Tuesday, March 03, 2009

Tuesday Note - eugenics, prejudice and national efficiency

I could swear I saw Neil Whitfield yesterday.

I came out of Central Station in the late afternoon rush to see this shortish bloke wearing a hat standing stock still in the middle of the footpath trying to take a photo. As I walked past him, he turned suddenly, giving an impression of great annoyance; perhaps he was just preoccupied. I started to call out, but by the time I had my wits about me he was gone up the laneway to the station.

I see that Neil has written a companion piece to the posts I have written on the views of J H Curle.

In my comments on Jim Fletcher's history of Aboriginal education in NSW I made the point that some of the worst things were done by people with the best motives. The same comment applies to eugenics. Here I found some of Mr Curle's comments quite chilling.

Leaving aside the insanity of Nazi Germany, the politicians and officials who introduced eugenics laws in countries that we think of as advanced, Sweden is an example, did so for what they saw as very modern public policy reasons. They had little time for what they saw as the foibles of the past.

There is a lesson here for the present. It's not just, as Neil noted, that eugenics is back in a new guise. The real lesson is the way in which Governments can do quite dreadful things for what they see as the national interest.

In writing of Mr Curle's views, I generally used the phrase "race, people and nations." I did so because his views applied to all three, and indeed he mixes all three together.

In the decades immediately before the First World War, as is true today, ideas of national competition and of national efficiency were paramount. At a purely local level, they drove changes to technical education in Australia, changes that drew (among other things) from German experience.

These ideas mixed with perceptions about nations and people - them and us.

The blind insular US parochialism and prejudice revealed in the opening of Japan were equally matched by Japanese concepts of their own cultural and racial superiority. The creation of modern Japan was a direct result, a Japanese response to what we now call the West. Exactly the same idea sets played out in the period leading up to the Second World War.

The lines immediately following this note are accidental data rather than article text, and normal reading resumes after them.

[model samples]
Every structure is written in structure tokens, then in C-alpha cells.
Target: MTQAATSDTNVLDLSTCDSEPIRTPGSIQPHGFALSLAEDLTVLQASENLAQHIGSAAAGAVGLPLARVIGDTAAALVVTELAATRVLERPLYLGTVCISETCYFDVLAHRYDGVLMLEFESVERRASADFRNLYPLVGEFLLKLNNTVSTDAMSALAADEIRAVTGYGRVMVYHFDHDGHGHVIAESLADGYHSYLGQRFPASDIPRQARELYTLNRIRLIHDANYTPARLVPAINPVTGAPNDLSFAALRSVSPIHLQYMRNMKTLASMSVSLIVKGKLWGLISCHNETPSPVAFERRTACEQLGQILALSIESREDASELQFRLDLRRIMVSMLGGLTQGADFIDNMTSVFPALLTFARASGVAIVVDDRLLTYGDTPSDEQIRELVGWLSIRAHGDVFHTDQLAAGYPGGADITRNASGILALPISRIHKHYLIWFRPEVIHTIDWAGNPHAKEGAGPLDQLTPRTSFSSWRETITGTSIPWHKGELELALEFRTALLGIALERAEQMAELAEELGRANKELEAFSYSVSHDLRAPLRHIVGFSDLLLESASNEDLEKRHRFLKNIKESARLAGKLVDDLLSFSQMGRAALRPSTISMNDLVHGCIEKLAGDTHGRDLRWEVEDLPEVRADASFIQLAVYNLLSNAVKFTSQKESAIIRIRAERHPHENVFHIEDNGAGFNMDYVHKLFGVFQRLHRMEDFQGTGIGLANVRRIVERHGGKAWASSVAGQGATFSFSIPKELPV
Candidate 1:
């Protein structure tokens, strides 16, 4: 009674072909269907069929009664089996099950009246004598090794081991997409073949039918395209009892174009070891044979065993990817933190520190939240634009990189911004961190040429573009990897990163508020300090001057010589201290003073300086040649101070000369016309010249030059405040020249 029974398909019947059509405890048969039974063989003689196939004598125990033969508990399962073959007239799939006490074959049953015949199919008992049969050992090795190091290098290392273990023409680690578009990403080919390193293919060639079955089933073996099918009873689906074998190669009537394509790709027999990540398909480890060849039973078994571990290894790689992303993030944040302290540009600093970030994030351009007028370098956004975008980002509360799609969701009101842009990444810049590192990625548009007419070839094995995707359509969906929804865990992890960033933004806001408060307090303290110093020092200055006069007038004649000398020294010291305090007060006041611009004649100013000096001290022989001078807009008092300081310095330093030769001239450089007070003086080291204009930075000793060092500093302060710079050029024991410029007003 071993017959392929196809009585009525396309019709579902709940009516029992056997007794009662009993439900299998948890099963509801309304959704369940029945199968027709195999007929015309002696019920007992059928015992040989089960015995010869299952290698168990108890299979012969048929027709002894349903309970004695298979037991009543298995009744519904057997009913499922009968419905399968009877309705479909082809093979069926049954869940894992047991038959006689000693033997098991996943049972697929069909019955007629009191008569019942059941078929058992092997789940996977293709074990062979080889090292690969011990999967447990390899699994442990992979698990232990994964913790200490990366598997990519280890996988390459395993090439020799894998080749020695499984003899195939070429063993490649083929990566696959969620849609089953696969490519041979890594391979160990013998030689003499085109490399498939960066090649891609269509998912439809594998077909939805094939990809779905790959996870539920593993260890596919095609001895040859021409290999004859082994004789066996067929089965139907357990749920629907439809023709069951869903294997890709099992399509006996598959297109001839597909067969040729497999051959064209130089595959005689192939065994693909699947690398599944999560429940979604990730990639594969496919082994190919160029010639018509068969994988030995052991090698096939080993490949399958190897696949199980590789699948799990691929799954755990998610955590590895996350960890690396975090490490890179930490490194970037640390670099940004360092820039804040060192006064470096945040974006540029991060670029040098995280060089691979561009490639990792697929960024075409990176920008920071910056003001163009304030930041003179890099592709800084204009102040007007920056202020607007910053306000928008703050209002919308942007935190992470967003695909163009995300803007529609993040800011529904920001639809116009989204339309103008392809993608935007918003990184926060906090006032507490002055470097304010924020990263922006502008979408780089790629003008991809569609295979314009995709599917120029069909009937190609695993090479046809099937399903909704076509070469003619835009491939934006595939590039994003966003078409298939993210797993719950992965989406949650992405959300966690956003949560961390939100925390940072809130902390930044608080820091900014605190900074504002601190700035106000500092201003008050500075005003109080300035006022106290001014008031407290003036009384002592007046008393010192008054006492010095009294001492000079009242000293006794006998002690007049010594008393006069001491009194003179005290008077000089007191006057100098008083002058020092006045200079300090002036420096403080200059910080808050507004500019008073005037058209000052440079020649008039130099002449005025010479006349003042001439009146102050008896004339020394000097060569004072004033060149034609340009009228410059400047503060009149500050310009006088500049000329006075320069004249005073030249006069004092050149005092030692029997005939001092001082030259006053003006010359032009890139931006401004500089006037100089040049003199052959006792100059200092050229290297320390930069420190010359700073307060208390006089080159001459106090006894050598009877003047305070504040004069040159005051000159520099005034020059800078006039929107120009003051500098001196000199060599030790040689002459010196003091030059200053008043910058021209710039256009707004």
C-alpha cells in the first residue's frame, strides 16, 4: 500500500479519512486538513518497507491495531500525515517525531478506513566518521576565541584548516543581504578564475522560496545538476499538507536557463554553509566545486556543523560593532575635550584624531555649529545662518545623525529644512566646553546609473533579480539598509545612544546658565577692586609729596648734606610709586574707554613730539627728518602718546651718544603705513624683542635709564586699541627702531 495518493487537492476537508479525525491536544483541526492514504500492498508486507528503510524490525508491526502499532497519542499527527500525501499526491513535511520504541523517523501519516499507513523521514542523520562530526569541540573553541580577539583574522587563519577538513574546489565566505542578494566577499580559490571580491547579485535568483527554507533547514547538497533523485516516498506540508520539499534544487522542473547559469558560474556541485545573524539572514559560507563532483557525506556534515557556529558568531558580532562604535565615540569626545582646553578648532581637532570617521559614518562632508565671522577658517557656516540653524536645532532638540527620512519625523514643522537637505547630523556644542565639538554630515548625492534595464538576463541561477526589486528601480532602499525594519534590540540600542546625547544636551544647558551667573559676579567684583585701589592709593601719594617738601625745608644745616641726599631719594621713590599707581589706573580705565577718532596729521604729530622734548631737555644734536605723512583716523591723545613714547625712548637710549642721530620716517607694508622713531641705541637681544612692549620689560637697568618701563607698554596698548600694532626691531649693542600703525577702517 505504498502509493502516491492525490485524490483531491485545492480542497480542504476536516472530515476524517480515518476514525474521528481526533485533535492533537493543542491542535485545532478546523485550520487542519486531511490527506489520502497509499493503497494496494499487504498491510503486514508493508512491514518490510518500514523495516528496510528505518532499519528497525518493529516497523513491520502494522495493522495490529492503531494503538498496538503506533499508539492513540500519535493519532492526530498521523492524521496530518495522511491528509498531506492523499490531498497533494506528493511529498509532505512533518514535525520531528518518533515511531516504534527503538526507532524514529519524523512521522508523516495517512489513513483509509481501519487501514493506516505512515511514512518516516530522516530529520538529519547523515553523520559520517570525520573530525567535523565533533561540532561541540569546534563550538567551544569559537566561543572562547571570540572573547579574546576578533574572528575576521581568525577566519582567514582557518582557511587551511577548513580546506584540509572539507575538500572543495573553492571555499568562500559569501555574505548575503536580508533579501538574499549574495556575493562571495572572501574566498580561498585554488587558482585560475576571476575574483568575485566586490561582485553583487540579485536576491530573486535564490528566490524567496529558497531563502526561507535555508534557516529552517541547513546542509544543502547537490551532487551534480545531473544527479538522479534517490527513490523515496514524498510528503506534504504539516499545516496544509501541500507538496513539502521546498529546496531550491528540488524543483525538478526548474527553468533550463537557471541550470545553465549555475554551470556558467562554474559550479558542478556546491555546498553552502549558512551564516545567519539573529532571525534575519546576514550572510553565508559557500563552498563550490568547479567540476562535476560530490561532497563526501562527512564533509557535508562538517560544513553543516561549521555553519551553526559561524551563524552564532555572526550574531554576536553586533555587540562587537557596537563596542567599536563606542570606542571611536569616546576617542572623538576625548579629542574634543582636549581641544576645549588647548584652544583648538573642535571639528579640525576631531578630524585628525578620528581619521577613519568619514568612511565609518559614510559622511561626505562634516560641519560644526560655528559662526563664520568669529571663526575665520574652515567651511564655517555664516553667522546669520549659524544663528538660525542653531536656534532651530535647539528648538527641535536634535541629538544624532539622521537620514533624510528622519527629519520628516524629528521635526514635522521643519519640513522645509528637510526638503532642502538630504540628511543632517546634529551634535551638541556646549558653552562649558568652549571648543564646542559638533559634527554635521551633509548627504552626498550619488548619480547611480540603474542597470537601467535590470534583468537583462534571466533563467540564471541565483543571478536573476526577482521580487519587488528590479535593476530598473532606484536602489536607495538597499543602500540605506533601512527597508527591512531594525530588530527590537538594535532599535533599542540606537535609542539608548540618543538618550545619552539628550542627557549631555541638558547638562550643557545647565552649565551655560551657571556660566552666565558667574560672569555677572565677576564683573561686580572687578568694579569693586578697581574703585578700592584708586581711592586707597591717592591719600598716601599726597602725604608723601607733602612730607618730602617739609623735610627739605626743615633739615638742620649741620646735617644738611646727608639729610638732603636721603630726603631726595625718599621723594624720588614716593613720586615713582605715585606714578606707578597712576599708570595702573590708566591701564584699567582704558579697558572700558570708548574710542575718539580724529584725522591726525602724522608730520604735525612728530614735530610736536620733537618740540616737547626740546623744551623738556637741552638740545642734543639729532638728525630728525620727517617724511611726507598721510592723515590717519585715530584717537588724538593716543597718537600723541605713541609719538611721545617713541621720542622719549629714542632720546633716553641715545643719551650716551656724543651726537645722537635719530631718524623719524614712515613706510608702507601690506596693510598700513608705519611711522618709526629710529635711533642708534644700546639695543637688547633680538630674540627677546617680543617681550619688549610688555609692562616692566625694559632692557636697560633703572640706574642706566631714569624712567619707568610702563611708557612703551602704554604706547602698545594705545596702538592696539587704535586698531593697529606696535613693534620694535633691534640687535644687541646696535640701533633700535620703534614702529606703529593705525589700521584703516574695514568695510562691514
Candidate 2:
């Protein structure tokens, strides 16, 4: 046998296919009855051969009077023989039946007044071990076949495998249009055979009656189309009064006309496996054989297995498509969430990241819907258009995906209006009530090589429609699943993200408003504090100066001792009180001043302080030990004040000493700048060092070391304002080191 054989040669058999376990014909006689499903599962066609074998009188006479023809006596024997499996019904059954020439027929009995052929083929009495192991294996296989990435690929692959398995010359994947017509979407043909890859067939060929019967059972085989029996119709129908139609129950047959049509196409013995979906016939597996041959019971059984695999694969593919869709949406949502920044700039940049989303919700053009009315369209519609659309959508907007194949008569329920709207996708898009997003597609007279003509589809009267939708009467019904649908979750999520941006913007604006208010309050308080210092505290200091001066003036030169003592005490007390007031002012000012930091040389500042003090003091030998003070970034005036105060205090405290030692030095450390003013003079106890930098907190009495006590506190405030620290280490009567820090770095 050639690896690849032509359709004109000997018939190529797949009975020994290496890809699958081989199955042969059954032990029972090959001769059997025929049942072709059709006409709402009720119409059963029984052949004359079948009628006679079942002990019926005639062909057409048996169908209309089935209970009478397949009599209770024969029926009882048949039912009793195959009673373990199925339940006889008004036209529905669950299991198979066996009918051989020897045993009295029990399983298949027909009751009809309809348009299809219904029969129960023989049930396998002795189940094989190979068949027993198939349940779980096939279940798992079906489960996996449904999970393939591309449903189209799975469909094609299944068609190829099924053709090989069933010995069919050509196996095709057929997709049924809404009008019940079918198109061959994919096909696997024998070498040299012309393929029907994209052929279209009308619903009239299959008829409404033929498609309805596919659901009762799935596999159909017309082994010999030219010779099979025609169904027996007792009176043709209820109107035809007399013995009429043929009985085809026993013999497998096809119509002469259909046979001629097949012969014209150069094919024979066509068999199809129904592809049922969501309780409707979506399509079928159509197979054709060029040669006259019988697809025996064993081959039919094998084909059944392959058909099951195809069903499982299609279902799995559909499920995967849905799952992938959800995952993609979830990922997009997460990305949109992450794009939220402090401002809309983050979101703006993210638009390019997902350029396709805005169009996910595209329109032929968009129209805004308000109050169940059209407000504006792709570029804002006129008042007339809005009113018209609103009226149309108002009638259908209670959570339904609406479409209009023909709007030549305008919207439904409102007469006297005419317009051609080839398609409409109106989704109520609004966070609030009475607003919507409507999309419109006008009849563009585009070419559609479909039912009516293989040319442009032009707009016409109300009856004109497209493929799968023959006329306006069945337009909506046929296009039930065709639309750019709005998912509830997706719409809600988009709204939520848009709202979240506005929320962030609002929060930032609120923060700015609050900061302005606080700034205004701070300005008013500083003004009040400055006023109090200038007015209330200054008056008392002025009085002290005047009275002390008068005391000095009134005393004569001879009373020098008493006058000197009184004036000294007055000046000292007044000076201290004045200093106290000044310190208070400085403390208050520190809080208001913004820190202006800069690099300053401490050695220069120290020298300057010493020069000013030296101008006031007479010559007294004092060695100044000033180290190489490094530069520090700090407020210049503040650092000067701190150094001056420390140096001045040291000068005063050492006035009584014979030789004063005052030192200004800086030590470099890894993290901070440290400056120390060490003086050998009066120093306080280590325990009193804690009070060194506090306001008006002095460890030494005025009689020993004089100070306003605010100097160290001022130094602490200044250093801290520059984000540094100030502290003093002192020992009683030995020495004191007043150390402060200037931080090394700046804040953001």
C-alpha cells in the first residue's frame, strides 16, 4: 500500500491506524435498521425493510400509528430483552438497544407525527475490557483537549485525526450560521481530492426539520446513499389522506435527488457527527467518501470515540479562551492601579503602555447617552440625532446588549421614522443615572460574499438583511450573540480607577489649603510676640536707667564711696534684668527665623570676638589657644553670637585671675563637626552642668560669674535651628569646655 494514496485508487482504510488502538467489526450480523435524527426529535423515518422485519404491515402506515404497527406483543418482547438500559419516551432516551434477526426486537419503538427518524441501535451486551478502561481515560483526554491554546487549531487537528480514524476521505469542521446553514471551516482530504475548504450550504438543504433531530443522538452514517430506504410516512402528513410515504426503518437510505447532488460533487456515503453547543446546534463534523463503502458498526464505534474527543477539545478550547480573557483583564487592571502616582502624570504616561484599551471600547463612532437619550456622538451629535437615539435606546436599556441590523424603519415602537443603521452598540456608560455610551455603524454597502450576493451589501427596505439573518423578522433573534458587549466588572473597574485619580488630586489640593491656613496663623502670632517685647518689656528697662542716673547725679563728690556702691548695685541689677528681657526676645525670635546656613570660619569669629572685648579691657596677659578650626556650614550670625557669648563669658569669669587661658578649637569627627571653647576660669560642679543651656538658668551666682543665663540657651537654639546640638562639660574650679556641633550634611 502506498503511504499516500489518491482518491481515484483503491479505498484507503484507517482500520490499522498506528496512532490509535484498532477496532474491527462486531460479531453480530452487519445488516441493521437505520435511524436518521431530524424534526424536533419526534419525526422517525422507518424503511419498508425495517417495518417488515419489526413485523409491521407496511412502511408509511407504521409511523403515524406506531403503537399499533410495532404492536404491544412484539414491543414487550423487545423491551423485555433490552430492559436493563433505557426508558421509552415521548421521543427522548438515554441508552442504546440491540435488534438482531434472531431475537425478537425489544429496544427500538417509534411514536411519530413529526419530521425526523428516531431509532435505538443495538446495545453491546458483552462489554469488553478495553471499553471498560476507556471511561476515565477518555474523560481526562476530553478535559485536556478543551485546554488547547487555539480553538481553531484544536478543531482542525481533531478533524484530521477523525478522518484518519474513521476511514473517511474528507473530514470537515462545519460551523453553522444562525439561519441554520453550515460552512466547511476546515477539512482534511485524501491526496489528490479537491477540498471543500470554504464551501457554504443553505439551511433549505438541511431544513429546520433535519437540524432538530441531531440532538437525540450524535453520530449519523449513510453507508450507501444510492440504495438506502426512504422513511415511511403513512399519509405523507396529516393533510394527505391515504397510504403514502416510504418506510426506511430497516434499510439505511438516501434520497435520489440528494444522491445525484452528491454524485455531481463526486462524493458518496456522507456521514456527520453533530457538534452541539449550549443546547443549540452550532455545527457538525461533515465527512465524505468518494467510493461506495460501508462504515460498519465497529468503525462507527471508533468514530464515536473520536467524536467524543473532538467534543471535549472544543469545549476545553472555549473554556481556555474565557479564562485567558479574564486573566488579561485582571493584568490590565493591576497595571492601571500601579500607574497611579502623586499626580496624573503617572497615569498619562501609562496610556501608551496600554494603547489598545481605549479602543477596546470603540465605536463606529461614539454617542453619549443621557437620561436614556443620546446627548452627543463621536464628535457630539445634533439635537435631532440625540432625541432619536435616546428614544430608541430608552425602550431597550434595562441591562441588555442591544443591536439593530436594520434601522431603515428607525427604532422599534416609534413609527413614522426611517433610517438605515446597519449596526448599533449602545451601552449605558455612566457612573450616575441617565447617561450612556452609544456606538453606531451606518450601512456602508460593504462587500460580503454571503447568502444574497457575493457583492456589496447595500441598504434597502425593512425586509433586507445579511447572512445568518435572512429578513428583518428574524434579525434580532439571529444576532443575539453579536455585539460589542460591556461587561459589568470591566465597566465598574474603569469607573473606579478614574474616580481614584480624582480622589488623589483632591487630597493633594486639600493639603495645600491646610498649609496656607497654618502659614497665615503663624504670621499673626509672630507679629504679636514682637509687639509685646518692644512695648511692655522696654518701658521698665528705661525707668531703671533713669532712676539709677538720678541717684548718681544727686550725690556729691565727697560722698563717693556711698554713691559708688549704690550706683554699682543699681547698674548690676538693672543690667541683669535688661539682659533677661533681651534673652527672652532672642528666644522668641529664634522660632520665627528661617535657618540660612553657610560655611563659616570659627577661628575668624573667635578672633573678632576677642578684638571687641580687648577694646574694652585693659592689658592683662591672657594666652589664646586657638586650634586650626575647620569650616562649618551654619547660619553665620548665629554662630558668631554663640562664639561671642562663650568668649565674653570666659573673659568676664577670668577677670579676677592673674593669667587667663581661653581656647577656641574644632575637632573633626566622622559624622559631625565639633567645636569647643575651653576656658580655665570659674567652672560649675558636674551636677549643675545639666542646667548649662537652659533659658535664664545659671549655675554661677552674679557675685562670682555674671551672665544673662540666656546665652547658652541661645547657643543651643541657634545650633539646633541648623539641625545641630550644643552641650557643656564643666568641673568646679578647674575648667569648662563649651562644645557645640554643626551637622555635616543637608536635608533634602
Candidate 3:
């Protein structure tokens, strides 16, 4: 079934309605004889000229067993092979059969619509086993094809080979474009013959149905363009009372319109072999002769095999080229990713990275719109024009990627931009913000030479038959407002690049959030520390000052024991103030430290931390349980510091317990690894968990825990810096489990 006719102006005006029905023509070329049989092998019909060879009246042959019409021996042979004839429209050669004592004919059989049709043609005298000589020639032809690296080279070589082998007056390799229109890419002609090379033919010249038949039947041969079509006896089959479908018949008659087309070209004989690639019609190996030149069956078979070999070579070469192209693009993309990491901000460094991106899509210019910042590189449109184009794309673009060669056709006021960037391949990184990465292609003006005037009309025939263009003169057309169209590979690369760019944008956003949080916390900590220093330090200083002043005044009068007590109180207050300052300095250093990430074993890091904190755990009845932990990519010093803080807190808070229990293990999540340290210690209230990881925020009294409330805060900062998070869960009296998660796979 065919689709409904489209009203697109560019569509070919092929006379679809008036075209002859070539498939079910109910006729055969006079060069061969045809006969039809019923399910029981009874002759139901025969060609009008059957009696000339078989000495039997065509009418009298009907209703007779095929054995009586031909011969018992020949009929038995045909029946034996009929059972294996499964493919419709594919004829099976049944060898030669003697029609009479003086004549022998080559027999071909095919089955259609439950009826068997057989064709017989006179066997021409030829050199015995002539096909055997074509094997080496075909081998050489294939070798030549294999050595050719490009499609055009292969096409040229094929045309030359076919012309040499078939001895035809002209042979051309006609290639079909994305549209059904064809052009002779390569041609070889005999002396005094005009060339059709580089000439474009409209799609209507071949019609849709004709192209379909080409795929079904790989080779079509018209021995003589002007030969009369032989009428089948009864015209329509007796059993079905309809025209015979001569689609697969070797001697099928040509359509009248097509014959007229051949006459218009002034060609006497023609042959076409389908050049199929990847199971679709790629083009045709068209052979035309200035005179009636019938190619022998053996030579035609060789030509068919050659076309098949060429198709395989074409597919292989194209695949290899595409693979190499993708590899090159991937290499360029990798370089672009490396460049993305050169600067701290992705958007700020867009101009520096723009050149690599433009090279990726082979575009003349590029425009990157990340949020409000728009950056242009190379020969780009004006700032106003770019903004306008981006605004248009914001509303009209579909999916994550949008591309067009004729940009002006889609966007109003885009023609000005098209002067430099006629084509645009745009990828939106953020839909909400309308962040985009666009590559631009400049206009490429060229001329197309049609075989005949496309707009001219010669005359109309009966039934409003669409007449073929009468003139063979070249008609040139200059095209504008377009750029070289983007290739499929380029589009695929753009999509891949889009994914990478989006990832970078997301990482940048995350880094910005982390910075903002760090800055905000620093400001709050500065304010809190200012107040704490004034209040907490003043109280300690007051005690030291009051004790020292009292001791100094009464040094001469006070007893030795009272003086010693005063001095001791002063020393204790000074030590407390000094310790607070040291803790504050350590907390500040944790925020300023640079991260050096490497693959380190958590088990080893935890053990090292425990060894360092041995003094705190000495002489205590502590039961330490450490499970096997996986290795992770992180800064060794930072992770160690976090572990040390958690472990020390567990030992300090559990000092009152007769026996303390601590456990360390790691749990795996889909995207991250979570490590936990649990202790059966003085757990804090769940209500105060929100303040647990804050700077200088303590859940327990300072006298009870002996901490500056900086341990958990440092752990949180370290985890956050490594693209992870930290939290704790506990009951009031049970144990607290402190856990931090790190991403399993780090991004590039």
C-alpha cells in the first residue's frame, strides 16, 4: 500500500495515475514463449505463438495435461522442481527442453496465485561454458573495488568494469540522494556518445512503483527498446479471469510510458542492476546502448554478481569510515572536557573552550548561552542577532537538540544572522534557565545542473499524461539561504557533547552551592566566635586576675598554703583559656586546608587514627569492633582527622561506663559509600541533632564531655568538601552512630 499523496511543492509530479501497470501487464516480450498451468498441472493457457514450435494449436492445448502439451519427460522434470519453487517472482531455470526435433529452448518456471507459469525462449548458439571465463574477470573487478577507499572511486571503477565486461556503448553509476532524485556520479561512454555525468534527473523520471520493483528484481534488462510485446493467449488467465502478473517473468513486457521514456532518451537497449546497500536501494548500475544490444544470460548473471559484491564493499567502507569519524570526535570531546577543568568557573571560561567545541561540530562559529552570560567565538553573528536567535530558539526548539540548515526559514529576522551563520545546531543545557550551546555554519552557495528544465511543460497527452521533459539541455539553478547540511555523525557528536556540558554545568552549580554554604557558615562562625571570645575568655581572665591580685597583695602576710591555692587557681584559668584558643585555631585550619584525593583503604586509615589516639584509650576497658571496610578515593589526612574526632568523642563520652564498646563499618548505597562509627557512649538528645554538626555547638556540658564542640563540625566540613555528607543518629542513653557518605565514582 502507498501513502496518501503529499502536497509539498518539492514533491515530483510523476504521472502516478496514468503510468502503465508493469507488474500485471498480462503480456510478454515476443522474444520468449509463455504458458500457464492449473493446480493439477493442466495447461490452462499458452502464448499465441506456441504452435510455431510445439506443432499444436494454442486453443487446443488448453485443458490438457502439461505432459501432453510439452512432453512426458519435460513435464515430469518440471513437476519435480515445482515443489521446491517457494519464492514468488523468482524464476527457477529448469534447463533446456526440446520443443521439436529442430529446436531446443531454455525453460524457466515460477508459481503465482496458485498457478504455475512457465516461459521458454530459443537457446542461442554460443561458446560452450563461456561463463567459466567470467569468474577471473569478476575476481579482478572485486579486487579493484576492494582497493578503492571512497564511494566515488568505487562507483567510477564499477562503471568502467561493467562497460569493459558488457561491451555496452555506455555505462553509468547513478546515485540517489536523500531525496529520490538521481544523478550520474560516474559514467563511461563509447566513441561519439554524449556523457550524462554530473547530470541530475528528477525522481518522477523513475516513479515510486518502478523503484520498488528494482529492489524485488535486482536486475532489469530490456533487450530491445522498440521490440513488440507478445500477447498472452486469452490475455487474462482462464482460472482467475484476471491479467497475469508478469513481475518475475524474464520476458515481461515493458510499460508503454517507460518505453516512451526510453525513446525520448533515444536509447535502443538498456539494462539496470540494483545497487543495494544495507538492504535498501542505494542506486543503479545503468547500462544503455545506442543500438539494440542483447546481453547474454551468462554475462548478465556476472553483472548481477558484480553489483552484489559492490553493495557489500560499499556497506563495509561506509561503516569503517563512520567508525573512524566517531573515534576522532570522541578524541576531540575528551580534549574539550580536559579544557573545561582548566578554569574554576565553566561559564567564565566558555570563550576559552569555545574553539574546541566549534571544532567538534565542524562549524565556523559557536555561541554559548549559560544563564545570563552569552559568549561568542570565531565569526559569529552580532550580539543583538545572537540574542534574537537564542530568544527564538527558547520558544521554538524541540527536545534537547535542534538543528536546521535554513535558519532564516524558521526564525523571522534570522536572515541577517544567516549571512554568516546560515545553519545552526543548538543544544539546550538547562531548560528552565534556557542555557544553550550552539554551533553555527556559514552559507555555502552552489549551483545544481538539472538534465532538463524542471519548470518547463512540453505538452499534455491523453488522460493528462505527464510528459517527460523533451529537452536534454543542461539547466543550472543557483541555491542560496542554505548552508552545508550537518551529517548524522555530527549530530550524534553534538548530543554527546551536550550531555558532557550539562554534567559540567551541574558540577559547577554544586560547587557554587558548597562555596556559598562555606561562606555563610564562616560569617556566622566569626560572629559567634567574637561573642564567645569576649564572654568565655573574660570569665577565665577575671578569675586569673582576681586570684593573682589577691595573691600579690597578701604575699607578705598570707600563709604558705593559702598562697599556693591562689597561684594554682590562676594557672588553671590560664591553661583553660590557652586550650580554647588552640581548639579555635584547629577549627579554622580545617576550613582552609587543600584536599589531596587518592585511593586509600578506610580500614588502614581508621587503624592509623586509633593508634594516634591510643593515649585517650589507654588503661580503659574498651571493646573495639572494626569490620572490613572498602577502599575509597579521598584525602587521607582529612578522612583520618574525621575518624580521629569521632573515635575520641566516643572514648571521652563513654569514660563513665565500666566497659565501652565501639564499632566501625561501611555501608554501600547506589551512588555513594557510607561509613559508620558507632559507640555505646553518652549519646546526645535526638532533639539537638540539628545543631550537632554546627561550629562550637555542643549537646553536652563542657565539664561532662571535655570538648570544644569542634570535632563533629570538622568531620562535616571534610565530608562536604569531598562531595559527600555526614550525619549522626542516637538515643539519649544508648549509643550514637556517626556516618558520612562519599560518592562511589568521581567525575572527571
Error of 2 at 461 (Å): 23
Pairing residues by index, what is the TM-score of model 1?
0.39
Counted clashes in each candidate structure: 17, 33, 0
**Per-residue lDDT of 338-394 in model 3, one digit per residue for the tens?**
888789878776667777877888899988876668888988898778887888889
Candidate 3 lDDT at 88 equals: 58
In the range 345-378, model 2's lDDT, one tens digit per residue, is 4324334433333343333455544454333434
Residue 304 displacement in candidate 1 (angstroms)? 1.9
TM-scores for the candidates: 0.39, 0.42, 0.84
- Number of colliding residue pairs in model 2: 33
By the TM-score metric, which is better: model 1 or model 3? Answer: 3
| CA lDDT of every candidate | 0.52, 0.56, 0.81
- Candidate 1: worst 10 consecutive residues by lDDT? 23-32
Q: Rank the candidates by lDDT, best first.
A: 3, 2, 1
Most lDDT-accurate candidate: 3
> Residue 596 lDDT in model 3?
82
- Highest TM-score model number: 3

Globally, the end of the Cold War has seen the re-appearance of ethnic and race based politics in a way not seen since the period just before the First World War. This may be disguised under the guise of national competition, but it is there.

In saying this, I am not talking about the rise of far right parties in certain countries, although that is one element. It is far more pervasive.

I am out of time. I will continue later.

4 comments:

Neil said...

I think it was me, and the results are now on the photoblog. It's hard getting a good shot in the midst of a constantly moving crowd, so I guess I was just concentrating, not being annoyed.

Jim Belshaw said...

I am sure that it was you, Neil. And I am sure that pre-occupation was the answer. But you looked so fierce!

Your Secret Admirer said...

Jim

You write: "Globally, the end of the Cold War has seen the re-appearance of ethnic and race based politics in a way not seen since the period just before the First World War."

This is a complex statement. I'm troubled by the potential for it to be misinterpreted.

I'd be OK about the statement if a contrast is being made between, in my terminology, an ideologically expressed Cold War (put bluntly capitalism vs communism or colonialism vs decolonisation) as against an ethnically/racially expressed set of current wars.

Perhaps another way to put the statement is that removal or reduction of the political, economic and military grip of the various previously mentioned "ism"s has allowed old ethnic/racial perspectives among the "little peoples" to be expressed politically.

On the other hand one can interpret the so-called ideological Cold War as also ethnic politics anyway, eg Americans vs Russian. Strange that, because on the so-called "Russian" side in fact there were 15 Soviet Republics, many with ethnic groups or even races quite unrelated to the category of "Russian".

I guess what troubles me is that big peoples and nations don't talk about themselves as "ethnic" or "race", yet very often their politics is ethnic/race in reality. For example English speaking countries, an a few others roped into waging violence in Iraq or Afghanistan when it suited them to do so.

Nuff said.

Jim Belshaw said...

That's an interesting comment, SA, one that caused me to pause and think.

When I wrote I wasn't thinking about a causal connection between the end of the cold war and the rise of ethic tensions, simply a temporal one.

Because of my train reading, I was comparing in my mind two slices, the world 1900-1914 and the world today. So it was a comparative analysis.

Now that you raise the issue, you make me wonder.